And lots more. She really sings the  spiritual side of natural oblivion, and makes it fun. What other kind of universe would you most want to be at home in, than one you had to leave?

Vulcan spirituality isn’t in today’s A&S readings (though it sorta was, in last week’s: Stoics and Buddhists are pretty Vulcan-ish). But it seems like everything else is: Galileo and Copernicus, Calvin and Hobbes, Erasmus, Luther, Rabelais, Montaigne, Spinoza, Voltaire, Hume, Franklin, Jefferson… and in for a cameo, all of doubt’s old friends from Raphael’s School of Athens.

Thomas Hobbes didn’t call himself an atheist but his Leviathan state was widely perceived to be a God substitute, an authority to keep us all in awe. Hell, he said, was just a fantasy to control people. Foolish people, “they that make little or no enquiry into the natural causes of things…”

Voltaire, a Deist who found no grounds for believing in a worship-worthy Creator, probably inspired more people to reject their childhood religion than anyone else at that time… “Ecrasez l’infame!”

Spinoza: No one, not human beings, not God, could have free will. Nature was self-causing. There were no miracles. Supernaturalism did not have to be rationalized– it could simply be dismissed. If all that sounds too austere, he consoles us with a dose of Epicureanism: nothing forbids our pleasure except a savage and sad superstition. He means pleasures like study, wine, good food, the beauty of green things, theater, and sports.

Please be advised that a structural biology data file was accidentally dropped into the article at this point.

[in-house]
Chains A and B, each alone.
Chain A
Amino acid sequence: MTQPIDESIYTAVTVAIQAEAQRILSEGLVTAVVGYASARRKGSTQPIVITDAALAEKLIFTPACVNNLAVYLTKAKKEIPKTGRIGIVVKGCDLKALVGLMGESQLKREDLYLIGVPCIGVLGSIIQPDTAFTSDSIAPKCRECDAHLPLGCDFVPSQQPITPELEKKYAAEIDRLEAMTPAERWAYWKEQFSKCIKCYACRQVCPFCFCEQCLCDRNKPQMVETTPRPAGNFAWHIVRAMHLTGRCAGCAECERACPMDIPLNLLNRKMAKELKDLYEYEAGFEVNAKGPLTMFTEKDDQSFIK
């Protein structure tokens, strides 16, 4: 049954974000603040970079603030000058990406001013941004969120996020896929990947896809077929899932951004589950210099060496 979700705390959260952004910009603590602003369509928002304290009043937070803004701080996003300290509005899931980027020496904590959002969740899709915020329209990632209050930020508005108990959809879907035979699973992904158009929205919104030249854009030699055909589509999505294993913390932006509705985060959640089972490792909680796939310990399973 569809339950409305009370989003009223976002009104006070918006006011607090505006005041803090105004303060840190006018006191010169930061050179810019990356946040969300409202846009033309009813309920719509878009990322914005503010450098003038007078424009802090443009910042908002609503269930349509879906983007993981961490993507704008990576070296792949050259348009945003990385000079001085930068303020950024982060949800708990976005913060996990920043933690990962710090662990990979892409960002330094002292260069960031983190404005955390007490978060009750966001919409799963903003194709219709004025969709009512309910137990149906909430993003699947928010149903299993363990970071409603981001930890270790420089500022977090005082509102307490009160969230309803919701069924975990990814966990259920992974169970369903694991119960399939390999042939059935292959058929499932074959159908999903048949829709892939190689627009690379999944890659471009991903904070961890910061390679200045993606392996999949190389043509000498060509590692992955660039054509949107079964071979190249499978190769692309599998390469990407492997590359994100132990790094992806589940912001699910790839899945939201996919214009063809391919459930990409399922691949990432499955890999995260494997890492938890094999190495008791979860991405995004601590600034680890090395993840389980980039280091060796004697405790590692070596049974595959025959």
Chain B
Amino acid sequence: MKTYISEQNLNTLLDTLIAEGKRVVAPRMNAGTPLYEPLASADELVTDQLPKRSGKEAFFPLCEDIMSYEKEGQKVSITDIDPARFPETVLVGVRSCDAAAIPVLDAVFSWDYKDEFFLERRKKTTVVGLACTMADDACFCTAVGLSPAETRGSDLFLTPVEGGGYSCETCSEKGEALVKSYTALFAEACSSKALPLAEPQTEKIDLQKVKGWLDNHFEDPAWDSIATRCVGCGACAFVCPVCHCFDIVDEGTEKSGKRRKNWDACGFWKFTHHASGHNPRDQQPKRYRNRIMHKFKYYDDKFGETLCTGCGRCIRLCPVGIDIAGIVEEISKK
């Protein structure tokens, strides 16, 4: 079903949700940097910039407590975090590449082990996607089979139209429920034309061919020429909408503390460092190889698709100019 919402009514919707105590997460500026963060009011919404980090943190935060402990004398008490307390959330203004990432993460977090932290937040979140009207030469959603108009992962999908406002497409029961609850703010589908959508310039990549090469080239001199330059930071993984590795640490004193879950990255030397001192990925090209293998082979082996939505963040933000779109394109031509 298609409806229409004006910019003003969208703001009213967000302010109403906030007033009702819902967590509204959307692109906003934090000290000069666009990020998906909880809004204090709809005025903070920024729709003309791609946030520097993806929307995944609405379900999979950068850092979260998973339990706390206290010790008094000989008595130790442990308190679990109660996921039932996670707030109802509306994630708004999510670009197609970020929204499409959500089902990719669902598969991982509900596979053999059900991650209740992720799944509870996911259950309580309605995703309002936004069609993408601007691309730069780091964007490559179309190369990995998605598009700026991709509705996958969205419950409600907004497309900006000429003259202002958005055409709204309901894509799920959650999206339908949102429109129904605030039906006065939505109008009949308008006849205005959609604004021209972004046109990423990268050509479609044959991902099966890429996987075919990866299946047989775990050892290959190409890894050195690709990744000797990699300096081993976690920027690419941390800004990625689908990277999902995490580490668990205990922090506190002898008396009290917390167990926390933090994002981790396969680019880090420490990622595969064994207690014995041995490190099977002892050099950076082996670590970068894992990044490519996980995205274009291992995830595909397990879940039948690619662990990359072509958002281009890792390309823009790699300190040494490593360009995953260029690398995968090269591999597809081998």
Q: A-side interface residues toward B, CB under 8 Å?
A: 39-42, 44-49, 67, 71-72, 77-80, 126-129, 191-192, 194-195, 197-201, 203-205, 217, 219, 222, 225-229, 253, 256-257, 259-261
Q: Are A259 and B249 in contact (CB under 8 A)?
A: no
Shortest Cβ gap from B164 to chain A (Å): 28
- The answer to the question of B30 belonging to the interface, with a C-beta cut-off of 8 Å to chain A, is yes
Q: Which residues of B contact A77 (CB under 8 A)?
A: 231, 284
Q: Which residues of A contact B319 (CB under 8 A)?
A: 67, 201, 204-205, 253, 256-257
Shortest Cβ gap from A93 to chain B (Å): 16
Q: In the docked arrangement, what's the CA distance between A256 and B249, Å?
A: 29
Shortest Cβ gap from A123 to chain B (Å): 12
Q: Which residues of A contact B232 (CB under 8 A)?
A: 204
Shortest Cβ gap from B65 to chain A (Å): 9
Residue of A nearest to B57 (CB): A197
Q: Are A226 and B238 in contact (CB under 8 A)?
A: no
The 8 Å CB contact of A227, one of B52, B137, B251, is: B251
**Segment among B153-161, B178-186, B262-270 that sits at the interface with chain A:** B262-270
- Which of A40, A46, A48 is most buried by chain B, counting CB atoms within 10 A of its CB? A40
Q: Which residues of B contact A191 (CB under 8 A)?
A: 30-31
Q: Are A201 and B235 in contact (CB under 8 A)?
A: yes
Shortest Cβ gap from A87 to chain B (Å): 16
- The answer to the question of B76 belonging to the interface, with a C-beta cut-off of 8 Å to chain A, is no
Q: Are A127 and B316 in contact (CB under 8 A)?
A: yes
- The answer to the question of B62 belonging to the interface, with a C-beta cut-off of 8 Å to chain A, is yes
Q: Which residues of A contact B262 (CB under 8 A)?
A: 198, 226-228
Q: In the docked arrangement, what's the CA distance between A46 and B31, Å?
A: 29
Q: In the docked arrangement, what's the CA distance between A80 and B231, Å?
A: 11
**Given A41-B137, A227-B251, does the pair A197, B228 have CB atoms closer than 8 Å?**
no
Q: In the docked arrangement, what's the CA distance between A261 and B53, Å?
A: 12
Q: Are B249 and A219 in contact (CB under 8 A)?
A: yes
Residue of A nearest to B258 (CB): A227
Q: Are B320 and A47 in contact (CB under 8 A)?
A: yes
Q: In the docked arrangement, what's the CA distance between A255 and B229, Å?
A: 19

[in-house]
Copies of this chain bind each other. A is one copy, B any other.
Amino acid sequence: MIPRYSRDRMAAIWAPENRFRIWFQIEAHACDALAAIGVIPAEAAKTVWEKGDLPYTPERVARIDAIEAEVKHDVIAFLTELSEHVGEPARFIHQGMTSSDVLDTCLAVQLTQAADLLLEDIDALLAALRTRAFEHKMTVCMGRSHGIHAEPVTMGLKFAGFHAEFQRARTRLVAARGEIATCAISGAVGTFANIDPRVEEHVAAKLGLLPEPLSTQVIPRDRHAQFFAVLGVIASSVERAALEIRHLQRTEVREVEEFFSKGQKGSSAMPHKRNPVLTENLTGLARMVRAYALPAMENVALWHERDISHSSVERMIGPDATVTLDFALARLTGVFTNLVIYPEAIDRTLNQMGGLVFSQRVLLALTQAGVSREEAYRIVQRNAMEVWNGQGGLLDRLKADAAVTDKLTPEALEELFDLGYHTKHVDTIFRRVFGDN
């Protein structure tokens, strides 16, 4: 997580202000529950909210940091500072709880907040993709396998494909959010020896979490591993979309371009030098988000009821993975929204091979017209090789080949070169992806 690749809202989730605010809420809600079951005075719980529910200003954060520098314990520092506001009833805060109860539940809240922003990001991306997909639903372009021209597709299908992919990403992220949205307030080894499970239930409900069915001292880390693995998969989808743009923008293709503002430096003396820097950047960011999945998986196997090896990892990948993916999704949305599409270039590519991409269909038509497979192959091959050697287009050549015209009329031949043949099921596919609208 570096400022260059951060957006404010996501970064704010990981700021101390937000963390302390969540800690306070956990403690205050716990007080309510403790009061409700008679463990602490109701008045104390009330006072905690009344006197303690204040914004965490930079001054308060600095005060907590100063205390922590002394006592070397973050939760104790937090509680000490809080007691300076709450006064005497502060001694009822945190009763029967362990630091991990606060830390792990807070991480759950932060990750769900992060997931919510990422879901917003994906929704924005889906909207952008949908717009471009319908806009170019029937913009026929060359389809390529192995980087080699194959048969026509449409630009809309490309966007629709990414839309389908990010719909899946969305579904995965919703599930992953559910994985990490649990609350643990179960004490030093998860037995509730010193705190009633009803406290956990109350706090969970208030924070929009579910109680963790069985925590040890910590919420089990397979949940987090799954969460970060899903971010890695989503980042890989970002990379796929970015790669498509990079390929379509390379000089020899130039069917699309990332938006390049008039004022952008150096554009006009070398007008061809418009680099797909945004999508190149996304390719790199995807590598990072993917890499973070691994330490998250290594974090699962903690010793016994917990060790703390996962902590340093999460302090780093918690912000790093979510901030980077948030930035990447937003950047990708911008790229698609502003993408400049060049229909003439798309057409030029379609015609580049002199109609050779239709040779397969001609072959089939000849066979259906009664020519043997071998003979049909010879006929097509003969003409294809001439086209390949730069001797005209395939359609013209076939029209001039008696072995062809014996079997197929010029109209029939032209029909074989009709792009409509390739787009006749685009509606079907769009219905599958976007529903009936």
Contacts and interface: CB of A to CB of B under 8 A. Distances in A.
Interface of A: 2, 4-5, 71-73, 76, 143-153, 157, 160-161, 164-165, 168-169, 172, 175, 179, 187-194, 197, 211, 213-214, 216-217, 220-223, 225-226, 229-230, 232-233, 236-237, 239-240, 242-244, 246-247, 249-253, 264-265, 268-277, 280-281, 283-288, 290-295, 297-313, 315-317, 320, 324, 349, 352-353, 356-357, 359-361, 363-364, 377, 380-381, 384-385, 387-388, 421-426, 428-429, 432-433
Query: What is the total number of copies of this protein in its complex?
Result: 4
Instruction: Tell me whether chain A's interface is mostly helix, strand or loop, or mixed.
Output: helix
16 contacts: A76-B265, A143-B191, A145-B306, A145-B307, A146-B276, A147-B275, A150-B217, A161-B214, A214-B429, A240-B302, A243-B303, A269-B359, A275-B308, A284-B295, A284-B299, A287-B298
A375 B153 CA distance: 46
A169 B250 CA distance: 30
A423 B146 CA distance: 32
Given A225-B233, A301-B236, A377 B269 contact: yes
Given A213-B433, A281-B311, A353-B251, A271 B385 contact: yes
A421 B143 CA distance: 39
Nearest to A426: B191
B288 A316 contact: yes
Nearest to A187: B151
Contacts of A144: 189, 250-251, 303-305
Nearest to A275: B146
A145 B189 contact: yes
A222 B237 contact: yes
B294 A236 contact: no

Hume (who loved Cicero): We don’t need religion for morality, religion itself got its morality from everyday morality– based on the simple fact that doing good brings you peace of mind and praise from others and doing evil brings rejection and sorrow–  in the first place. Somebody should tell Stanley Fish. (And tell him too that English deists like John Locke counselled: to improve life, do not ask God for help.)

Jefferson (who did not love Plato): Jesus would reject all Christianity. Abstracting what is really his from the rubbish in which it is buried was Jefferson’s attempt, when he took scissors to the Bible. The resulting  Jefferson Bible, he intended, would reflect “the most sublime and benevolent [and humane and natural] code of morals” yet devised by mortal man, and it would nestle safely behind the sacred wall so many of our self-righteous contemporaries have been so eager to tear down. That’s one founder’s “original intent” they consistently ignore.  He was a Deist, but considered that his personal business and none of the state’s. (If you missed it before, check out Maira Kalman’s tribute to the Sage of Monticello.)

And I’ll bet you didn’t expect the Spanish Inquisition. You should’ve.